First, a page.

Some of the most treacherous battles of WWI took place in the Italian mountains. The battles in the mountains and valleys bordering Slovenia and Austria, were like nothing the world had ever seen or has seen since.
Grape Harvest Experience
Partake in the grape harvest in the Colli Orientali D.O.C. (controlled designation of origin) area, that produces among the most prestigious wines in the world (for vacations in late August into September only). This is also the best time of the year to discover the wineries and meet its passionate winemakers. The fragrance of the grapes will enchant and awake your five senses.
Olive Harvest Experience
Olives are harvested between the end of October and the beginning of November, and cold pressed on the same day of the harvest. In the morning, pick your olives (2 to 3 hours), followed by lunch with the owners, and in the afternoon partake in the actual production of olive oil! Sample the fruits of your labor: an excellent oil with a golden green color, characterized by an intense fruity aroma and an unmistakable taste: hints of fresh grass, almond and artichoke notes with an initially pleasant sweet taste, followed by a bitter spicy aftertaste. Don’t forget to take home a bottle or two!
Truffle Hunting Experience
Available from Fridays to Sundays, from 1st October to 31st December. This excursion takes you to the “Baredi Woods” where you are guided by experts fond of truffle-hunting, looking for the precious white truffle. The path may vary according to the weather conditions. Lunch included at a local “agriturismo”.
Hit the hiking and walking trails in the Friulian Dolomites, Carnic Alps and Julian Alps
The Carnic Alps and the Julian Alps are two of the most popular mountain ranges in Friuli Venezia Giulia for hiking, skiing, and other outdoor sports. There are 13 nature reserves located within the Friuli Venezia Giulia region and a great number of varying hiking trails throughout them from easy to more advanced.
The Friulian Dolomites are considered the most unspoilt of the entire Dolomite group, a UNESCO World Heritage site. Less frequented than their Veneto and Trentino-Alto Adige counterparts, the Friulian Dolomites are a paradise for hikers, climbers and nature lovers. Considered the most untouched area of the entire Dolomite range, its symbol is Campanile di Val Montanaia, an isolated rock pinnacle on the summit that looks like a bell tower. Readers note: Only the fittest climbers would challenge an ascent to the peak, but iconic images of the tower, surrounded by spectacular karst formations, can be easily photographed from lower trails. For low-impact trekkers there are well-kept forested paths and trails, meadows, glacial rivers, brilliant green lakes, dramatic limestone topography and caves.
In the heart of the Canal Valley, Tarvisio is a getaway to the Alpine beauty. The trail of the Fusine Lakes is an easy walk that connects 2 glacial lakes with pristine waters.
Hike in the Montasio mountains, famous for the cheese made here. A 15 minute drive from Sella Nevea, following the signs Jof Montasio, you find parking where you can then choose from a variety of walks. The walks are not difficult and you can choose between different distances. You do not have to walk too far before arriving at the first of a series of typical Malga’s. These are small farms where the Montasio cheese is made with milk from the stray grazing cows. You can try typical dishes such as frico, frittata, gnocchi, and of course the Montasio cheese.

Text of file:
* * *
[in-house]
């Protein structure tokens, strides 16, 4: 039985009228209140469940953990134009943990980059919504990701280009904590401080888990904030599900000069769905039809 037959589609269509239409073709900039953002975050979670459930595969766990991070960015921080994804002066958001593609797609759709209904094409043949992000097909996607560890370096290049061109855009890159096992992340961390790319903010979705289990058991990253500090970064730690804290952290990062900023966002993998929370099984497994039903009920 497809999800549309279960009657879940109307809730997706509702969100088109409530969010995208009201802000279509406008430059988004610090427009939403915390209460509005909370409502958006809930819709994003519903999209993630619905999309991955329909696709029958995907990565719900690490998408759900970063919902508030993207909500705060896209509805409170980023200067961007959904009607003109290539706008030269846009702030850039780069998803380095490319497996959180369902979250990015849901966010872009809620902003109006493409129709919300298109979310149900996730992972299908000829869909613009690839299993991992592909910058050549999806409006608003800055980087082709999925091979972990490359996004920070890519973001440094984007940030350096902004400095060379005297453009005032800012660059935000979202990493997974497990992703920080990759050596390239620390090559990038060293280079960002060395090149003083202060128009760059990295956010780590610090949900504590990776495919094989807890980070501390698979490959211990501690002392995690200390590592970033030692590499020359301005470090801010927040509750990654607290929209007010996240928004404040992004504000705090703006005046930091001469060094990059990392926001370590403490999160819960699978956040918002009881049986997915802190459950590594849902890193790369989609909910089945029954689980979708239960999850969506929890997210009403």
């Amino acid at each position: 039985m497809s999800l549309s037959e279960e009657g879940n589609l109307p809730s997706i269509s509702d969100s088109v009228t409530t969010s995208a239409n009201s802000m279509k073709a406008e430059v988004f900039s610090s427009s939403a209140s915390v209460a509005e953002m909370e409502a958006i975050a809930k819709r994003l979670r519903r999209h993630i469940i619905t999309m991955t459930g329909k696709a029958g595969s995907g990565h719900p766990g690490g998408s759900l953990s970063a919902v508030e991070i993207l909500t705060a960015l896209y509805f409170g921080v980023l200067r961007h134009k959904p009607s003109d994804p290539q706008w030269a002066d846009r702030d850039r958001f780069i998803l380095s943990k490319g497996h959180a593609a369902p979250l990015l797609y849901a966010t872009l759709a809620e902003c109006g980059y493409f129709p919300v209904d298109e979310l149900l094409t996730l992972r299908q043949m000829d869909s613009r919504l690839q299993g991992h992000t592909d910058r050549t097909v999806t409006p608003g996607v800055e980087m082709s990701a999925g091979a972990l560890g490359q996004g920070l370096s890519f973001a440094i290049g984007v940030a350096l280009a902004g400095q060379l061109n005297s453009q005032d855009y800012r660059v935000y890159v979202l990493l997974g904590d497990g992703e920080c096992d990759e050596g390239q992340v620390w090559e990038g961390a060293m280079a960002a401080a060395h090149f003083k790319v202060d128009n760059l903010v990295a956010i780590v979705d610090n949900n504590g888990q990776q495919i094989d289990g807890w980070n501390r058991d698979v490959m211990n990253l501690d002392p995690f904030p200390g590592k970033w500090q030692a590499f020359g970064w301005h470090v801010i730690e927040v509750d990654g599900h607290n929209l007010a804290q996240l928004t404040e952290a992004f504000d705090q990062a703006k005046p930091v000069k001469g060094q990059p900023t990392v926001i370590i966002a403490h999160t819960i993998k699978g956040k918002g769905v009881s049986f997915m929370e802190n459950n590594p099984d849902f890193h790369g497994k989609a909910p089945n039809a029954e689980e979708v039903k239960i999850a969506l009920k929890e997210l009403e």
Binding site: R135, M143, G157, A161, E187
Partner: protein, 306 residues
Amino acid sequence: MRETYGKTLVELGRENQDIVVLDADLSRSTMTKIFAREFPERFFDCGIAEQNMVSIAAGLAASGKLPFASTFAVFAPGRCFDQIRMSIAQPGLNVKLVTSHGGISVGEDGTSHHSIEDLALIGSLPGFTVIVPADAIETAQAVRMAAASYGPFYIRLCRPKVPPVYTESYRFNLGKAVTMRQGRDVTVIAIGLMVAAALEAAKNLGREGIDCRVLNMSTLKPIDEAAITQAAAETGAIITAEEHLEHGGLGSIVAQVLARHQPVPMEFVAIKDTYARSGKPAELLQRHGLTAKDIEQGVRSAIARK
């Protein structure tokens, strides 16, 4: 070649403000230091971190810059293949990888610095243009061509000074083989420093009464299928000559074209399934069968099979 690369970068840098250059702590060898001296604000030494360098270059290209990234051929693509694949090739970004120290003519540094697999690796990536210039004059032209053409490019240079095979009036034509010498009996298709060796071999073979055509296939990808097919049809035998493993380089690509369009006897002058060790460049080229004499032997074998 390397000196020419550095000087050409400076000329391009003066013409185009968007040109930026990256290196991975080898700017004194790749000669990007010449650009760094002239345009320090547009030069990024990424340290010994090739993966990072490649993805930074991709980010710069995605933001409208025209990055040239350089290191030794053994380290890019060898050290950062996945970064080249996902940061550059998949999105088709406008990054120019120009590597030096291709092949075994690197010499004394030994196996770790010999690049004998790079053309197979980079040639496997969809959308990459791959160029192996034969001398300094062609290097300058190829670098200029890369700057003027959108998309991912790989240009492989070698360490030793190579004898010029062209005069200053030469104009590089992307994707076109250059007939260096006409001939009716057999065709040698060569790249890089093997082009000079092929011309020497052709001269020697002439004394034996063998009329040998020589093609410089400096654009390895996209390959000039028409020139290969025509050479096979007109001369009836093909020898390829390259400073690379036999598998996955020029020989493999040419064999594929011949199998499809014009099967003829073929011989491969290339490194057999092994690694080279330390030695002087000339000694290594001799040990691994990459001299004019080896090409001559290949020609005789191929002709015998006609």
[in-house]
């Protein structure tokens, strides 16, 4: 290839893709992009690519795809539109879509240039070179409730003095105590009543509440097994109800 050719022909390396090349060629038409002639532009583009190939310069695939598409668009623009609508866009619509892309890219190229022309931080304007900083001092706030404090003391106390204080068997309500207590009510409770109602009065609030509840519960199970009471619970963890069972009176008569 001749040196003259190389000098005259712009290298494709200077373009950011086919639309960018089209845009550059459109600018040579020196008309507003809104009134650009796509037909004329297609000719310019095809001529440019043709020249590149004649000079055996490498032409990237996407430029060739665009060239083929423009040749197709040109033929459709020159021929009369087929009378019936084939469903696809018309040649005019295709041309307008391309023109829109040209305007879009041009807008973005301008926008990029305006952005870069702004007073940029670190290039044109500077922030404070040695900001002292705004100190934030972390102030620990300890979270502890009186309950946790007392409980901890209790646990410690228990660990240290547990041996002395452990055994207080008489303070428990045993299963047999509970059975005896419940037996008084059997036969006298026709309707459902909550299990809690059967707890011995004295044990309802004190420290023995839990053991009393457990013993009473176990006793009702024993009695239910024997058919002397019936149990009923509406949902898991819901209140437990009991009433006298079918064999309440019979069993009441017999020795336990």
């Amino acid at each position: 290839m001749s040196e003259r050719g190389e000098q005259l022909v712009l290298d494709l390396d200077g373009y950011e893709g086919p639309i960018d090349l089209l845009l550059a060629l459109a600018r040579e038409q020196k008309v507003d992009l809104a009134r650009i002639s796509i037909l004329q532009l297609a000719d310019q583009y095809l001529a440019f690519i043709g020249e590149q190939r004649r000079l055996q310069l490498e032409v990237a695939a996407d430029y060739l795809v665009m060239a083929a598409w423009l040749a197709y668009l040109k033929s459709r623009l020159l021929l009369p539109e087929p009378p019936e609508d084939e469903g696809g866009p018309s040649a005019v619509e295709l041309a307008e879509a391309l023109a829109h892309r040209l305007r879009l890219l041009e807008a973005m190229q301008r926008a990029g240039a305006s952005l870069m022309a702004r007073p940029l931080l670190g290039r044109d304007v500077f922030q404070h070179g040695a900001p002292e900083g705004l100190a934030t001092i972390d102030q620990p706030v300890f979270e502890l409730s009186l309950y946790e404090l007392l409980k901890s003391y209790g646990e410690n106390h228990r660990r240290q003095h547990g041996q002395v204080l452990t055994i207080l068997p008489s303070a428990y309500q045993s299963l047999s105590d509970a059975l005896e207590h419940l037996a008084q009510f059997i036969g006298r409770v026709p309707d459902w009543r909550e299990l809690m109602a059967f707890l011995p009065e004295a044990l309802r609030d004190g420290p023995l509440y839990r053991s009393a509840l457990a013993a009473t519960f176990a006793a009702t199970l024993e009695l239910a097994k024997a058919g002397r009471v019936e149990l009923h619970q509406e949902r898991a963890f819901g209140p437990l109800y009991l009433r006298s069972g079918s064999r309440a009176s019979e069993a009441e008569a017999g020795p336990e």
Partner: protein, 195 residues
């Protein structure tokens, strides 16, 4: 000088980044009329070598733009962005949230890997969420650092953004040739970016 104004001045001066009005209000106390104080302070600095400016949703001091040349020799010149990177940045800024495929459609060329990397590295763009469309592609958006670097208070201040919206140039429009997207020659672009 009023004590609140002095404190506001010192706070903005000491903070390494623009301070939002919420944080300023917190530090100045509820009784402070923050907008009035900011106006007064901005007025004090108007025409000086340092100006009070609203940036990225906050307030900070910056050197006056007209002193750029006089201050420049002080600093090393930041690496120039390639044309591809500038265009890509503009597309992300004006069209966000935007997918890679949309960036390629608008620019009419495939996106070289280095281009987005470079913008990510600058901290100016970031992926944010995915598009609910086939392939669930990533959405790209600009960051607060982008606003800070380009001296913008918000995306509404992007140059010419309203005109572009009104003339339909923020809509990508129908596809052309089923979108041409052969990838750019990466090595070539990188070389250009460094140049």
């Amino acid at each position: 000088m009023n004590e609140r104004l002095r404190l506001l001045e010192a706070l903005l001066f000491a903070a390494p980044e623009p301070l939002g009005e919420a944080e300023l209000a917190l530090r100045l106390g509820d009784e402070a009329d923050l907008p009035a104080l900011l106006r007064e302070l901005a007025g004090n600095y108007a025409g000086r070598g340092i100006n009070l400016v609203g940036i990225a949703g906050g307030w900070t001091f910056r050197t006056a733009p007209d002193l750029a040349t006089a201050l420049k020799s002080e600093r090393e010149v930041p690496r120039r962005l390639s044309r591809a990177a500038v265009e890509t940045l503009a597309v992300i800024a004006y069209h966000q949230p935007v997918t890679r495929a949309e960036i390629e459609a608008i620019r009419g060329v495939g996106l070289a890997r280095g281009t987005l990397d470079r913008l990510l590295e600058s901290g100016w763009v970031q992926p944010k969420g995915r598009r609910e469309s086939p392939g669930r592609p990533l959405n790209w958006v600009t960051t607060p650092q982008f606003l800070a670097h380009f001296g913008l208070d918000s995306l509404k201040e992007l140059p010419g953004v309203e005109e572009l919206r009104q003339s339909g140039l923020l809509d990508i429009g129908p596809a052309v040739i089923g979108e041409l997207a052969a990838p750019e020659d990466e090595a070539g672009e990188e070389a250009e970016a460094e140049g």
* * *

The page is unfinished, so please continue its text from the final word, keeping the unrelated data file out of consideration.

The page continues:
A wonderful walk is the ‘sentiero Rilke’ trail which lies between the towns of Sistiana and Duino, in the province of Trieste. The 2-kilometer walk is easy to do and is especially beautiful in the fall when the flora is all different shades of color. You can start your walk in either town. You can also combine the walk with a visit to Duino Castle (closed on Tuesdays). The path owes its name to the Prague writer Rainer Maria Rilke. Rainer was a guest at the castle in the early 20th century and was inspired by the stunning views to write his masterpiece “The Duino Elegies”.
A VINEYARD CALLED FRIULI
Friuli-Venezia Giulia is the fourth smallest region in Italy, but in this small space it somehow manages to produce some of the most amazing white wines in Italy, and also produce some equally splendid reds. The limited production capacity, however, means that many of these wonderful wines are hard to obtain outside the region. Our cultural small group tours in the region will offer you many opportunities to taste the impressive range of wines cultivated in the lands we explore.
Friuli-Venezia Giulia is Italy’s third most important quality wine region, after Piedmont and Tuscany, and has long been acclaimed for its fragrant, elegant whites. The two premium regions are the Collio and the Colli Orientali del Friuli, hilly zones sharing a border with Slovenia. Colli Orientali D.O.C. (controlled designation of origin) area produces some of the most prestigious wines in the world. Tocai (now known as Friulano) or Sauvignon Vert is the most widely planted grape variety, pale in color, it is usually drunk young and makes a perfect aperitif.
While the region is known primarily for its white wines, more than thirty different grapes are grown in the region. They are used in the production of Chardonnay, Cabernet Sauvignon, Refosco, Terrano, Tocai, Rebula, Merlot, Ribolla gialla, Friulano, Schioppettino, and Verduzzo. Top reds include Cabernet Franc, Refosco or Terrano as it called around Trieste, and best of all, the Schioppettino. The region also produces prestigious sweet wines (dessert wines) like Picolit (produced in very small quantities and commanding high prices) and Ramandolo.